Violence Begets Violence: America’s Wars Come Home

“…This award [Nobel Peace Prize] …is a profound recognition…[of] the need for man to overcome
oppression and violence without resorting to oppression and
violence. Civilization and violence are antithetical concepts.”
—Dr. Martin Luther King, Jr. accepting the Nobel Peace Prize 1964

As we at Suspicious Angels along with Americans everywhere ponder the meaning of the senseless violence in what we used to consider “safe spaces,” we watch with disbelief the eerily familiar specter of youngsters, some gunned down and the rest running for their lives from an American public school, this time at Stoneman Douglas High School in Florida last week. In 2012, we had the same sickening response when 20 children and 6 adults were gunned down at Sandy Hook elementary school in Newtown, CT. That’s only two of the 270 school shootings that have occurred since 2012 —18 in the first two months of 2018. No public gathering place is immune. At a Charlottesville Church, 9 were gunned down in in 2015 and in 2017, 26 met the same fate at a church in Sutherland Springs, Texas.

How do we make sense of America’s sorry history of murderous rage? The most obvious answer as these obscenities mount is the long history of America’s love affair with guns. Perhaps too many of Americans believe the propaganda of the National Rifle Association (NRA) that guns are “America’s birthright.” Our failure to act is astonishing. Except for a decade between 1994 and 2004 when Congress got its act together and banned certain types of automatic weapons, legislators have blocked even the mildest reform measures for fear that a small but vocal voting block would punish them at the polls for “conspiring” to “take their guns away.” Although most gun safety experts downplayed the effect of the 1994 bill on gun violence, the NRA was willing to spend millions in lobbying and campaign donations to block its reauthorization in 2004.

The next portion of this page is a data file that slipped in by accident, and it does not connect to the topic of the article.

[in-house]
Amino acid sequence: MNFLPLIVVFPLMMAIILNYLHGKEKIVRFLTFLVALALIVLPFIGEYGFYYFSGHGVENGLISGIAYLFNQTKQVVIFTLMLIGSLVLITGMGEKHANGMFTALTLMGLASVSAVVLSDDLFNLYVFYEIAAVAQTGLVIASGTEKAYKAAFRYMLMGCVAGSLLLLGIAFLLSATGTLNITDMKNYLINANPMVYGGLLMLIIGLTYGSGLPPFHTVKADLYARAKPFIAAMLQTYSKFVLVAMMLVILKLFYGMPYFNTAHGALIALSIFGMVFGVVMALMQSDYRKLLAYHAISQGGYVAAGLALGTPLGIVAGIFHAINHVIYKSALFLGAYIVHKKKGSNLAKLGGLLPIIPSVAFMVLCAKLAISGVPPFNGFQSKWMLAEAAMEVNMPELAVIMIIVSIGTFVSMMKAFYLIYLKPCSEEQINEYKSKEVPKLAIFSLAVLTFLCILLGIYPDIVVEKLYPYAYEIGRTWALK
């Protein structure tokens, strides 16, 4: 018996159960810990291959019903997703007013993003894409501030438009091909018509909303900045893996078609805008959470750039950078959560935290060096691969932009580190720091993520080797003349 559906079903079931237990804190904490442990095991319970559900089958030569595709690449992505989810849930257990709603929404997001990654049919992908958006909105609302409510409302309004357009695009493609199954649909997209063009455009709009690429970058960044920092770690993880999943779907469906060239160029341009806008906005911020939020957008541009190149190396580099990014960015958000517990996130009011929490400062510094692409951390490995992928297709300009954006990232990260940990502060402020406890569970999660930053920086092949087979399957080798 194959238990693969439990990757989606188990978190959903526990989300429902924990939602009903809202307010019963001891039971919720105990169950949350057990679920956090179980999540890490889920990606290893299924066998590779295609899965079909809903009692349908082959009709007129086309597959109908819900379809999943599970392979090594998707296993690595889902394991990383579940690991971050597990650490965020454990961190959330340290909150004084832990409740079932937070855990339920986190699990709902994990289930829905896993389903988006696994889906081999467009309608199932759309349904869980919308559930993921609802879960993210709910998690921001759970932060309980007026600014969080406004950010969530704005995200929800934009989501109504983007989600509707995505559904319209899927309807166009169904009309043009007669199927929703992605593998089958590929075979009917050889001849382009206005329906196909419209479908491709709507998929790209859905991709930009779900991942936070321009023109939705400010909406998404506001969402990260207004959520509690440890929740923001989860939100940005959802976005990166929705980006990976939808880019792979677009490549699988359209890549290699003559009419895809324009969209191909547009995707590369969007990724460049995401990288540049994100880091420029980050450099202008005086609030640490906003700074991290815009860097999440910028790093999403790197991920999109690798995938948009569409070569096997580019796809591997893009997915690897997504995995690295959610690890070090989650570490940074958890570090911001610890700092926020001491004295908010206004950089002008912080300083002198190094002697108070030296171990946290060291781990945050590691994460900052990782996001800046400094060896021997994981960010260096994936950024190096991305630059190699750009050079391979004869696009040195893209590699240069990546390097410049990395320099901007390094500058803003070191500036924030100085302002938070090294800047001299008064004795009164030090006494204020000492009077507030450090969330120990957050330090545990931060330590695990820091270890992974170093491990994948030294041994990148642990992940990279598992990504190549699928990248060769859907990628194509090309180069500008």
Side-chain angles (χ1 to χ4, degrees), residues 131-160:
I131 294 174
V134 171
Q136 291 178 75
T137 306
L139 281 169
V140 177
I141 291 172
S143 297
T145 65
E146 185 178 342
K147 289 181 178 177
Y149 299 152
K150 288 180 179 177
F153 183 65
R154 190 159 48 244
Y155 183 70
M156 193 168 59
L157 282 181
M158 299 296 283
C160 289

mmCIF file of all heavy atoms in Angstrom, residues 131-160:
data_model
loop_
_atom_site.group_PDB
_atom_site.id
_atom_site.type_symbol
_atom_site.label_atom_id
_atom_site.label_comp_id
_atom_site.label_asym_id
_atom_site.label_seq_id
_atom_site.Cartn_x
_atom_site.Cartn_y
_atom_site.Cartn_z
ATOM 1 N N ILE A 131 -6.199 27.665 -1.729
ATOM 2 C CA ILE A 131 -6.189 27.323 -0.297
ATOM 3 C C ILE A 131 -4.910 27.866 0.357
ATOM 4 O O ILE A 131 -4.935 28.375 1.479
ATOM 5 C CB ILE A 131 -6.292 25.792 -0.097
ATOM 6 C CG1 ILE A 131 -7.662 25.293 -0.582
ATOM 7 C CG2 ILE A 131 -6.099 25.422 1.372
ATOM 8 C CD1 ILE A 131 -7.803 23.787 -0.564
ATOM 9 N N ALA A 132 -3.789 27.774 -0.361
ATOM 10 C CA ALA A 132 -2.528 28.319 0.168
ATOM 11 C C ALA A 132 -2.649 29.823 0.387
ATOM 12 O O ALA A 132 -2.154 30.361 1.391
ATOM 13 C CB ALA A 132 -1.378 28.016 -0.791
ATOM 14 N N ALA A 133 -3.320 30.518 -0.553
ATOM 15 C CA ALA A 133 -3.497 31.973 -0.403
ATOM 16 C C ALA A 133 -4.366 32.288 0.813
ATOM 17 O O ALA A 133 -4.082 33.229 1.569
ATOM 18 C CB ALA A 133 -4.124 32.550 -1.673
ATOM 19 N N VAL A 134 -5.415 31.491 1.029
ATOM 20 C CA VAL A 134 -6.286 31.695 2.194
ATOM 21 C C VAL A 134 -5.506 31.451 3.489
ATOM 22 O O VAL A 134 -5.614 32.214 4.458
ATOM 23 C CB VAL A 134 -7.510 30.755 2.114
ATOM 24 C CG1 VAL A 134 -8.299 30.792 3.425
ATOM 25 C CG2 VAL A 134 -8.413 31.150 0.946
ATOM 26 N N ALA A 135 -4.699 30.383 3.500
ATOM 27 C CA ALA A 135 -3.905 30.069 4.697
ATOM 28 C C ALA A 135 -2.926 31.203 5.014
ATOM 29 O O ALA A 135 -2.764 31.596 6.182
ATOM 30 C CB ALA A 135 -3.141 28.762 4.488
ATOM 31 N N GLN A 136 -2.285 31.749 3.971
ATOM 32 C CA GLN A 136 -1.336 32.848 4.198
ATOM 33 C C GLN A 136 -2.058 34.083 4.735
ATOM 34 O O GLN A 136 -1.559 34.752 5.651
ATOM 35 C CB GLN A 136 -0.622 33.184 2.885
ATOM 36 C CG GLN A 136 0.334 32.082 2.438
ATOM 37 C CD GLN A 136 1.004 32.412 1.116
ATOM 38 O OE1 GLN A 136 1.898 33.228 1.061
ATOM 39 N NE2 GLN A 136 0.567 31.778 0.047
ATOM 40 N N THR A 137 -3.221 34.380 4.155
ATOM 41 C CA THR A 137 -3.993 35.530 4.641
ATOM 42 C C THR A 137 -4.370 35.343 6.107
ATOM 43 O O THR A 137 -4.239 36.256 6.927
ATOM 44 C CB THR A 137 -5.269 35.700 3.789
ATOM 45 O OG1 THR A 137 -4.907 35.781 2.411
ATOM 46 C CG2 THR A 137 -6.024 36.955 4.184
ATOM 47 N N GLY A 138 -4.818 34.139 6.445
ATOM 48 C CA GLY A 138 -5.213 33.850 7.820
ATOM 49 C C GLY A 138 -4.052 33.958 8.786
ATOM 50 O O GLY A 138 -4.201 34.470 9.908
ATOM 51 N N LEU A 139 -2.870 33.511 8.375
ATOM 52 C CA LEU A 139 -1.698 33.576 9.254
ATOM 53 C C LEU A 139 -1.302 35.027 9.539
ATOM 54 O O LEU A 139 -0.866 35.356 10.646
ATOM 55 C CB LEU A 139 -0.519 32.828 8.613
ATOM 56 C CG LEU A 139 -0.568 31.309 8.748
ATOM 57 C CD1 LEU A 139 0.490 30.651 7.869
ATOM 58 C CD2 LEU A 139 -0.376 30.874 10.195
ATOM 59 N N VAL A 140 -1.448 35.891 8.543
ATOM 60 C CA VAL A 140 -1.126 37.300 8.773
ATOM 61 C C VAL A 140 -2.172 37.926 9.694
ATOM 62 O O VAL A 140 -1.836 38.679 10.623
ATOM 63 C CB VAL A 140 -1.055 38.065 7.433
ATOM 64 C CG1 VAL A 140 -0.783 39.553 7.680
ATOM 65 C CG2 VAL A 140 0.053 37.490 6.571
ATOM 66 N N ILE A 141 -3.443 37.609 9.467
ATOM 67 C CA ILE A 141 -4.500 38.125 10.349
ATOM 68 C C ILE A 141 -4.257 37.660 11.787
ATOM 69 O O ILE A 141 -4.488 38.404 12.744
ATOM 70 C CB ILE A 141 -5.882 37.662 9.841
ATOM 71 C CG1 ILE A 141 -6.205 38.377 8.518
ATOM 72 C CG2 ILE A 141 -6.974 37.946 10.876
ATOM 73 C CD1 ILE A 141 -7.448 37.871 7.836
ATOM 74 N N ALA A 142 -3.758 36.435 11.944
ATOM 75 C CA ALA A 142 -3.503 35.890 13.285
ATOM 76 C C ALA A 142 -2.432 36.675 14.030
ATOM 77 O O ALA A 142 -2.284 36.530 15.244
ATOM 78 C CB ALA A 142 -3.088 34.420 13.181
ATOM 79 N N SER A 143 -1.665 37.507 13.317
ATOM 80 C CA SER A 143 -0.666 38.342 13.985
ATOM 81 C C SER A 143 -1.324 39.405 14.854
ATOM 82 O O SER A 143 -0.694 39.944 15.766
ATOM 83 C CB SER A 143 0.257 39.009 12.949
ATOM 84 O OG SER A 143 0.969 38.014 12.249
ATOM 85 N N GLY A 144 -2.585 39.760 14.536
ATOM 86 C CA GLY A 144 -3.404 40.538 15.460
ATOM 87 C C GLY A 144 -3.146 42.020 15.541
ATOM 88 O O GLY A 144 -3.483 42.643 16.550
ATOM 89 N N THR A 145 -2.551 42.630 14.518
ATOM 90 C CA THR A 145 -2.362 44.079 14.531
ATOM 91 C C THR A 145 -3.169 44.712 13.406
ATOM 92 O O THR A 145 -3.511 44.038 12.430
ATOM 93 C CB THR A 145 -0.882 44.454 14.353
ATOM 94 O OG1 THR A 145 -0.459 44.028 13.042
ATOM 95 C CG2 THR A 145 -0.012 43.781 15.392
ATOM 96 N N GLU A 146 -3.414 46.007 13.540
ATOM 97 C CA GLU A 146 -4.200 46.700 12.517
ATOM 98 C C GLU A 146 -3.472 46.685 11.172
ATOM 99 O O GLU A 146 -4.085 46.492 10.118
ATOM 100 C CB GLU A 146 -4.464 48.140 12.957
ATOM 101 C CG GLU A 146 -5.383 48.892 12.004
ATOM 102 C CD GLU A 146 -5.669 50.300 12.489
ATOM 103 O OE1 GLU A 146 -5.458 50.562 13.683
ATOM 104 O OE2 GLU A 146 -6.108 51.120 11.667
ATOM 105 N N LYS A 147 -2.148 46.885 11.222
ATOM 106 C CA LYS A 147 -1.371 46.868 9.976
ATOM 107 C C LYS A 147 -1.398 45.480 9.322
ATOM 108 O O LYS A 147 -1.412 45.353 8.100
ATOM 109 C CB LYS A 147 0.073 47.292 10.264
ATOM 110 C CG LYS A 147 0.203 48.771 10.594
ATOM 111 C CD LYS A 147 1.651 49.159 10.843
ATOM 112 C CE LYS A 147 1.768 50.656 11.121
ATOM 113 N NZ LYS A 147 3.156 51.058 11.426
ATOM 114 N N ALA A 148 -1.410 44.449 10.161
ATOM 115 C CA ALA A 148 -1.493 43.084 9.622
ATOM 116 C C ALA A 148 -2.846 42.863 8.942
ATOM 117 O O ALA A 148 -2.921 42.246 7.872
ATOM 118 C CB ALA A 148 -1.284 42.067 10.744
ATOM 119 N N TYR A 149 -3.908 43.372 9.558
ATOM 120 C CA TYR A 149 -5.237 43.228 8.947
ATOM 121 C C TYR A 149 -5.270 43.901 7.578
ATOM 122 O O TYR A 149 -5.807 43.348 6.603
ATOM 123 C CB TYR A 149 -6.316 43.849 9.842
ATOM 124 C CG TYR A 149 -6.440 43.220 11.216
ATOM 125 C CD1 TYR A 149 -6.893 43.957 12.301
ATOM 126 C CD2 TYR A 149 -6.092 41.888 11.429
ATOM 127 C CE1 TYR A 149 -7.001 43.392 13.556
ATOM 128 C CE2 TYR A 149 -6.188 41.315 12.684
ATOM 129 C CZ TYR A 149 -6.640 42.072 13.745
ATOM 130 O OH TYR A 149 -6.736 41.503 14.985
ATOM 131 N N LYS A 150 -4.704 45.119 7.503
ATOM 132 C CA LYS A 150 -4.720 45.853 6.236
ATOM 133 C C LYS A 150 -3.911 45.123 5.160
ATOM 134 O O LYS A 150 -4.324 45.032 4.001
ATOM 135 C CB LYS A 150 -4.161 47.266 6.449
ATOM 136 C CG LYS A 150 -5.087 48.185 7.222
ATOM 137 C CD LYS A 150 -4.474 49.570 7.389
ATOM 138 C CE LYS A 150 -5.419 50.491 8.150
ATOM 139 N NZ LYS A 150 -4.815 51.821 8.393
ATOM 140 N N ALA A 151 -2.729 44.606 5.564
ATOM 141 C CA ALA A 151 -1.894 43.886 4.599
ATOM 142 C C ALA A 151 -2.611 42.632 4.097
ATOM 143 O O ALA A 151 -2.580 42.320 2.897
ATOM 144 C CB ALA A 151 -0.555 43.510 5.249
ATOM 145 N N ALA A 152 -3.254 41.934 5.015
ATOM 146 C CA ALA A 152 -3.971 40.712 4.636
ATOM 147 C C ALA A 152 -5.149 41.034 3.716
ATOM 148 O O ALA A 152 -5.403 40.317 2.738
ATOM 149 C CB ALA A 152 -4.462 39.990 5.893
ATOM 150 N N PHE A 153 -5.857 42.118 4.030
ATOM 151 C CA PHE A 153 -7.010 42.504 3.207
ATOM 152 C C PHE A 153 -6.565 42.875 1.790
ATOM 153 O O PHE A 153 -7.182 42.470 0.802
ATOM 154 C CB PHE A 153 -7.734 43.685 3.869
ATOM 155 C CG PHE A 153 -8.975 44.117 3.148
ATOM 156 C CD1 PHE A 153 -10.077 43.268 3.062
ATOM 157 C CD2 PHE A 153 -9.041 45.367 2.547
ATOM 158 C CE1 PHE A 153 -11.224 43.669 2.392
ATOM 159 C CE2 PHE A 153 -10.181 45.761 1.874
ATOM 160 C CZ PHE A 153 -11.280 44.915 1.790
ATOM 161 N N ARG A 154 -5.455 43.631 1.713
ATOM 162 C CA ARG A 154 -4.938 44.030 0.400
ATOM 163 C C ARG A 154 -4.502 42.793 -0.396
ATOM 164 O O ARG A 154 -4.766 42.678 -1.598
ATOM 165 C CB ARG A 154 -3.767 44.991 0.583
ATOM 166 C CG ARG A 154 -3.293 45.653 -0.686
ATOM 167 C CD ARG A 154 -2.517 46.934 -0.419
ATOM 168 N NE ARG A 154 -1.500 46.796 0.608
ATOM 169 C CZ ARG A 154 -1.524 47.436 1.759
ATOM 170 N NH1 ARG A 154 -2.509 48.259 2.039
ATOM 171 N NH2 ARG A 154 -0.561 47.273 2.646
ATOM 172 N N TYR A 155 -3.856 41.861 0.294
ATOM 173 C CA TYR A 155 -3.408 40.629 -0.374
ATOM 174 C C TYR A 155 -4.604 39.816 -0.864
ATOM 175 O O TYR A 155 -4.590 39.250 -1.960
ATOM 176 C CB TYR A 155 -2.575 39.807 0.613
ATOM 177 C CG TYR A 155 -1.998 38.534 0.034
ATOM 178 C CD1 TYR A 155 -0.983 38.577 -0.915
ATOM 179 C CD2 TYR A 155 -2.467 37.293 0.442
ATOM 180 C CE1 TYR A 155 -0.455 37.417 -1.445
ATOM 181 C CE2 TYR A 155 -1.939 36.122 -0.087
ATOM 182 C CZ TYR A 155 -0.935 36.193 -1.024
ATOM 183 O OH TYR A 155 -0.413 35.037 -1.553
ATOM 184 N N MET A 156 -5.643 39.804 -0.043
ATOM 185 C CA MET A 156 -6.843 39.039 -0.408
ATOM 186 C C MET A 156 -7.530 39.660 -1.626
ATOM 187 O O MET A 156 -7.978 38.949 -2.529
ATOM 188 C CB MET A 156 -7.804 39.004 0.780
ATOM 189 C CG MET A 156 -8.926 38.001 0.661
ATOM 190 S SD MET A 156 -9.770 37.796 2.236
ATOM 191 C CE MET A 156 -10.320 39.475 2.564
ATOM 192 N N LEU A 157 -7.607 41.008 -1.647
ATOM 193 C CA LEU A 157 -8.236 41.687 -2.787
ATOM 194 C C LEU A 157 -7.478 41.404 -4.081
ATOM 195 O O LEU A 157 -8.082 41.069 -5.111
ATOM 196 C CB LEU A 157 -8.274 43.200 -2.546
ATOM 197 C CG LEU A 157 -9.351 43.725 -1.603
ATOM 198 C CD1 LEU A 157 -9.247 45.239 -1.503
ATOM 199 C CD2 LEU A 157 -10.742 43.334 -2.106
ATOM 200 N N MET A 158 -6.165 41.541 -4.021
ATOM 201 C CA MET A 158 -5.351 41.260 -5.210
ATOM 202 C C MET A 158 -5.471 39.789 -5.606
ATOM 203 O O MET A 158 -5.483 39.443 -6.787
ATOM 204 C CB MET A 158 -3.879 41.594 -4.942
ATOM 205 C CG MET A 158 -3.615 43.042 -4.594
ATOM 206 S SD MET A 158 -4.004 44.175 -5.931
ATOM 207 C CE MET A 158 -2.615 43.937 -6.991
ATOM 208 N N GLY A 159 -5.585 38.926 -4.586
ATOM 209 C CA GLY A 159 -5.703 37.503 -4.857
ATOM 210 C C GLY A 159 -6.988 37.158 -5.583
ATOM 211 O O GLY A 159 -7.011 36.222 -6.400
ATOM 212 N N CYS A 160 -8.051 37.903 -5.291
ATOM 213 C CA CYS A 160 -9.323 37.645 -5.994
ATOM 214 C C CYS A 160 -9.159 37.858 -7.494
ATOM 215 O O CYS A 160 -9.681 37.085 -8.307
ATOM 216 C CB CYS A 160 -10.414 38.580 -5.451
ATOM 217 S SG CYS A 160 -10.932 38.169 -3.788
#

One step forward, two steps backward — that’s the fate of most gun-control legislation. Prior to the 1994 ban on semi-automatic assault weapons, other equally tepid attempts at gun control occurred — among them the 1989 bill the George H.W. Bush administration supported that banned the importation of foreign-made automatic rifles but allowed domestic gun makers to manufacture and sell rifles of similar potency. Twenty years before, in 1968 as a response to the assassinations of President Kennedy (1963) Martin Luther King and Bobby Kennedy (both in 1968) the Gun Control Act of 1968 was passed in an effort to regulate the firearms industry and firearms owners. Here’s President Johnson (in his last year in office) in an oddly prophetic moment— “…this bill…falls short. I asked for the national registration of all guns and the licensing of those who carry those guns…there are over 160 million guns in the country —more firearms than families … [50 years later more than 300 million guns are in circulation in the U.S.— almost one for every man, woman and child] …The voices that blocked these safeguards were not the voices of an aroused nation [but] the voices of a…gun lobby.” As if to prove Johnson right, the gun lobby thought the bill was dandy. Here’s the NRA’s reaction “the measure as a whole appears to be one that the sportsmen (NRA euphemism for gun owners) of America can live with.”

It took Prohibition, Al Capone, John Dillinger, Bugsy Malone and an assortment of murderous thugs to get the first federal gun-control law passed in 1934. The National Firearms Act of 1934, part of FDR’s “new deal on crime,” levied a $200 fine on the manufacture or sale of machine guns and sawed-off shotguns and provided for a national registry to record all sales. Like most gun-control legislation then and since, two things doomed the bill—lack of enforcement and lukewarm public support.